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Met police say Sri Lankan suspect ‘released’ but still under investigation

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Jaffna-based BBC correspondent’s killing:

By Shamindra Ferdinando

A Sri Lankan arrested in the UK in February this year in connection with the killing of Mylvaganam Nimalarajan, who contributed to the BBC’s Tamil and Sinhala services, is under investigation, though released from custody there.Jack Griffith of Metropolitan Police Service’s Directorate of Media and Communication said that the arrested person had been released but was under investigation. Griffith said so early this week responding to The Island queries.

Nimalarajan was killed at his Jaffna residence in an area held by the governmentThe spokesperson said that law enforcement officers want to hear from anyone who may have information that could assist the ongoing investigation, particularly members of the Sri Lankan community who emigrated to, and now reside in, the UK. For those willing to cooperate, ‘war crimes team’ could be contacted at SO15Mailbox. WarCrimesTeam@met.police.uk

There hadn’t been a previous case of a Lankan war crimes suspect taken into custody in the UK, other sources said, adding that Nimalarajan was killed over 20 years ago in the Jaffna peninsula.The British police earlier said that the arrest was made at an address in Northamptonshire on February 22 “as part of a proactive operation”.

“He was arrested on suspicion of offences under Section 51 of the International Criminal Court Act 2001,” the Metropolitan Police said.

The media quoted Commander Richard Smith, who leads the Met’s Counter Terrorism Command as having said: “This is a significant update in what is a sensitive, complex investigation,”

“There will still be people who may have information, particularly in relation to the murder of Nimalarajan, and we would urge those people to come forward and help achieve justice for Nimalrajan’s family.”



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Six member committee appointed to inquire into Sri Lanka Cricket Team’s conduct in Australia

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Minister of Sports and Youth Affairs Roshan Ranasinghe has appointed a six member committee headed by Retired Supreme Court Judge Kusala Sarojini Weerawardena to inquire into the incidents reported against some members of the Sri Lanka Cricket team that participated at the ICC T20 World Cup in Australia.

 

 

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SJB MP: Most parents have to choose between food and children’s education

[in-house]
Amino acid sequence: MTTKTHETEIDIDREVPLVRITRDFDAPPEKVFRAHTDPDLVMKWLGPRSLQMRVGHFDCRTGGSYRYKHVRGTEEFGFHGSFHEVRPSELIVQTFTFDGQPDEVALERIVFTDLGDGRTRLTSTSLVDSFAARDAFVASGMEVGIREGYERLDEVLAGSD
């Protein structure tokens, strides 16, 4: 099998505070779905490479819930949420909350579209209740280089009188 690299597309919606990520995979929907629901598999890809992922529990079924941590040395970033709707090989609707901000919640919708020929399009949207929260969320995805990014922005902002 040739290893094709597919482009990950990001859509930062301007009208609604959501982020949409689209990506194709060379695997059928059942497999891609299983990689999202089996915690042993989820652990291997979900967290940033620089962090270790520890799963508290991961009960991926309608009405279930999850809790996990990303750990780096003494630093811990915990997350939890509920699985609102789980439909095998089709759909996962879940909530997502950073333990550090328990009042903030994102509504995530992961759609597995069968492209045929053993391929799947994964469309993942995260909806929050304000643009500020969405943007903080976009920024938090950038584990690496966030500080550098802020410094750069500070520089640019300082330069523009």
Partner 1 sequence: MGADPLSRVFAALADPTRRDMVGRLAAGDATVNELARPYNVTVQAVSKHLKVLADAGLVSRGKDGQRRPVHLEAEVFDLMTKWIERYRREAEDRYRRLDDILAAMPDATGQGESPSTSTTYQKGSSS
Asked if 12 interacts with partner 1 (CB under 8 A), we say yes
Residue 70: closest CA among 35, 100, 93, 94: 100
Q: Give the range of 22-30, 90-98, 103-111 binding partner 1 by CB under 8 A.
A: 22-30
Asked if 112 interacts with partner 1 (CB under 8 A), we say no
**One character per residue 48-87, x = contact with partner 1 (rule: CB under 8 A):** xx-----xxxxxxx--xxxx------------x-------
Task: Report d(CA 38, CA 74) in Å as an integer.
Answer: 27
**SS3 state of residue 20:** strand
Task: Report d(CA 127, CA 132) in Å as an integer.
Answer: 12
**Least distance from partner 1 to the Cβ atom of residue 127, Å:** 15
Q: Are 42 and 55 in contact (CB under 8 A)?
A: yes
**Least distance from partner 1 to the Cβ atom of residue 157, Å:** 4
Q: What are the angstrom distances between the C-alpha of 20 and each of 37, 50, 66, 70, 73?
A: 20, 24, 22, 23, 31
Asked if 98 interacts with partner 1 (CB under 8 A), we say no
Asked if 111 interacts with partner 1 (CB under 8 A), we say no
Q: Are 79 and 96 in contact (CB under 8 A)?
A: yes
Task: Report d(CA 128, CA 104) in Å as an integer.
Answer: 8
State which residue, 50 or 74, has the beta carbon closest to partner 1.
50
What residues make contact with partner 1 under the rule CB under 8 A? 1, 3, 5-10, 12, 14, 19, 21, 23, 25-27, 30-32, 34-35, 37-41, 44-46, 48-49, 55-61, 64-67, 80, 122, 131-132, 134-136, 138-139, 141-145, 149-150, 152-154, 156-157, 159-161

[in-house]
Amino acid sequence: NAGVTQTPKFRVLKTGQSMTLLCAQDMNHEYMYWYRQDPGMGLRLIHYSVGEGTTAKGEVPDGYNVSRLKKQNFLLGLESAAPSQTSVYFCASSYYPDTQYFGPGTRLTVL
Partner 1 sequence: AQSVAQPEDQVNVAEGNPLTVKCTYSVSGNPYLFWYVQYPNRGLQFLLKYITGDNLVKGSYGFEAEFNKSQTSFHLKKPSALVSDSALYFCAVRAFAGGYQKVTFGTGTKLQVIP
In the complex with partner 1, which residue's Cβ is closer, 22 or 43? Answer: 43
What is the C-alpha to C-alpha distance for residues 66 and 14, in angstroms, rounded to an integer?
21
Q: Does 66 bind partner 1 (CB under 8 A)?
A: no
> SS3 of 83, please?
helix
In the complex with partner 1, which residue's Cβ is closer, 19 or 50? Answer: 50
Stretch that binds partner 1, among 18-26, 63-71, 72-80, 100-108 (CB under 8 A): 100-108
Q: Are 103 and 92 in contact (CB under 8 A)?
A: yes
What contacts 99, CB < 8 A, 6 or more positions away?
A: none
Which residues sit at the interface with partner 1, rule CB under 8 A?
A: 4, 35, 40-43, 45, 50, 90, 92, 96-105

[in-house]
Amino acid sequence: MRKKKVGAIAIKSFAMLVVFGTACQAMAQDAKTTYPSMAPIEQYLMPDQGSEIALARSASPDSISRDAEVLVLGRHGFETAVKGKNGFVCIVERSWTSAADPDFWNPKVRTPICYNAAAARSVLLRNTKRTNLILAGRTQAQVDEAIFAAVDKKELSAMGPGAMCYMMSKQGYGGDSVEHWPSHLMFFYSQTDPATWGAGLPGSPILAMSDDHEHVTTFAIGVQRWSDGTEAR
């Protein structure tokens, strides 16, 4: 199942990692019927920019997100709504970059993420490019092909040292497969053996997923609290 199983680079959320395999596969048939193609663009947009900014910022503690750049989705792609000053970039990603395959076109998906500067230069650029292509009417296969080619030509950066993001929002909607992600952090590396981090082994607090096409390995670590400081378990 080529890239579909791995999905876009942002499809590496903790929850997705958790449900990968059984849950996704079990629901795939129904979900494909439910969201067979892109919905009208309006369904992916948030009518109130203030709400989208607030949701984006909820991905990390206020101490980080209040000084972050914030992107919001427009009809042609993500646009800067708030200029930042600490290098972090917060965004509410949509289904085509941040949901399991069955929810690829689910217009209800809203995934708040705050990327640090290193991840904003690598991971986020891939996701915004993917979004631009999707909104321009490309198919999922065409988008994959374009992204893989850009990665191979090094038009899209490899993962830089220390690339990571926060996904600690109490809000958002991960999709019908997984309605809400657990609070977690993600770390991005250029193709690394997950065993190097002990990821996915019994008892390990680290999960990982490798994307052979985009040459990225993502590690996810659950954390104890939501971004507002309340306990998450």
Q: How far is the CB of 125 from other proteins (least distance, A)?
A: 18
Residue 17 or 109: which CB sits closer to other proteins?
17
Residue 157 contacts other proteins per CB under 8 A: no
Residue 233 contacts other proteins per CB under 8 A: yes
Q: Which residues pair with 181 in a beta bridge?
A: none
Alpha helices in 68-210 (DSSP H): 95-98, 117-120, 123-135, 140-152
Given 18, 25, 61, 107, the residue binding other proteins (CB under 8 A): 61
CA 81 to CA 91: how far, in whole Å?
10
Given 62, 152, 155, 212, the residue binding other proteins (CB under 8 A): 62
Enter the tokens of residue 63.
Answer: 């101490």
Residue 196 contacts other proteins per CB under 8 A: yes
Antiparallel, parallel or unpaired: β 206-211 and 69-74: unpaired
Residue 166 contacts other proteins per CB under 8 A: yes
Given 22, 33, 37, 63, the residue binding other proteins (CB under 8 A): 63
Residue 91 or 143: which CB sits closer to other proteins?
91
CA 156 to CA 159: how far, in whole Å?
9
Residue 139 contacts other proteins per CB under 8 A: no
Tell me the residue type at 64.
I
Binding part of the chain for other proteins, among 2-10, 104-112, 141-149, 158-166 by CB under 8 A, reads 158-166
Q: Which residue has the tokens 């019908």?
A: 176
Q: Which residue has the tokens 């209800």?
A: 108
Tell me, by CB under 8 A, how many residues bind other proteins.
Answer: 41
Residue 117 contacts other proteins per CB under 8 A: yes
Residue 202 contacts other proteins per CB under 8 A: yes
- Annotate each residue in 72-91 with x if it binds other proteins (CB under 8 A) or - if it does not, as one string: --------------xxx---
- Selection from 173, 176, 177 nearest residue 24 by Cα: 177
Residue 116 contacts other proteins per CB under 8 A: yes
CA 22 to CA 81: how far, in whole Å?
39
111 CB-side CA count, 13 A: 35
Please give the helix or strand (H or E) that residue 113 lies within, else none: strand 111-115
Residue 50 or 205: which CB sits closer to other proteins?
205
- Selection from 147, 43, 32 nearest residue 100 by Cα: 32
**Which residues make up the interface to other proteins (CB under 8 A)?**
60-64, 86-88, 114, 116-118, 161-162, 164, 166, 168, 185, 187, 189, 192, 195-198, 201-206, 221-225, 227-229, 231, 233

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By Saman Indrajith

Most Sri Lankan parents are compelled to choose between food for their families and their children’s eduction, SJB Matale District MP Rohini Kumari Wijerathne told Parliament yesterday.

Only a few parents were able to feed and educate their children the MP said, participating in the debate on Budget 2023 under the expenditure heads of Ministries of Education and Women and Child Affairs.

“An 80-page exercise book costs Rs. 200. A CR book costs Rs 560. A pencil or pen costs Rs 40. A box of colour pencils costs Rs 570 while a bottle of glue costs Rs 150. If the father is a daily wage earner he has to spend one fourth of his salary on a box of colour pencils for his child. A satchel now costs around Rs 4,000. A pair of school shoes is above Rs 3,500. The Minister of Education knows well how many days a child could use an 80-page exercise book for taking notes. Roughly, stationery cost is around Rs 25,000 to 30,000 per child, MP Wijerathne said, adding that only Rs. 232 billion had been allotted for the Ministry of Education by Budget 2023.

“After paying salaries of teachers and covering officials’ expenses, etc., there will be very little left for other important matters,” the MP said, noting that Sri Lanka would soon be known as the country that made the lowest allocation of funds for education in the South Asian region.

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All crises boil down to flaws in education system, says Dullas

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By Saman Indrajith

All the crises Sri Lanka was beset with were due to the country’s outdated education system, MP Dullas Alahapperuma told Parliament yesterday.

“The political and economic crisis we are facing is the direct result of our education,” he said.

The Sri Lankan education system had not changed with global developments. Our system is not even geared for employment. Our examination system is antiquated and our classrooms are in the 19th Century.

However, the students belong to the 21st century. How can you cater to 21st Century children under an outdated system?” he queried.

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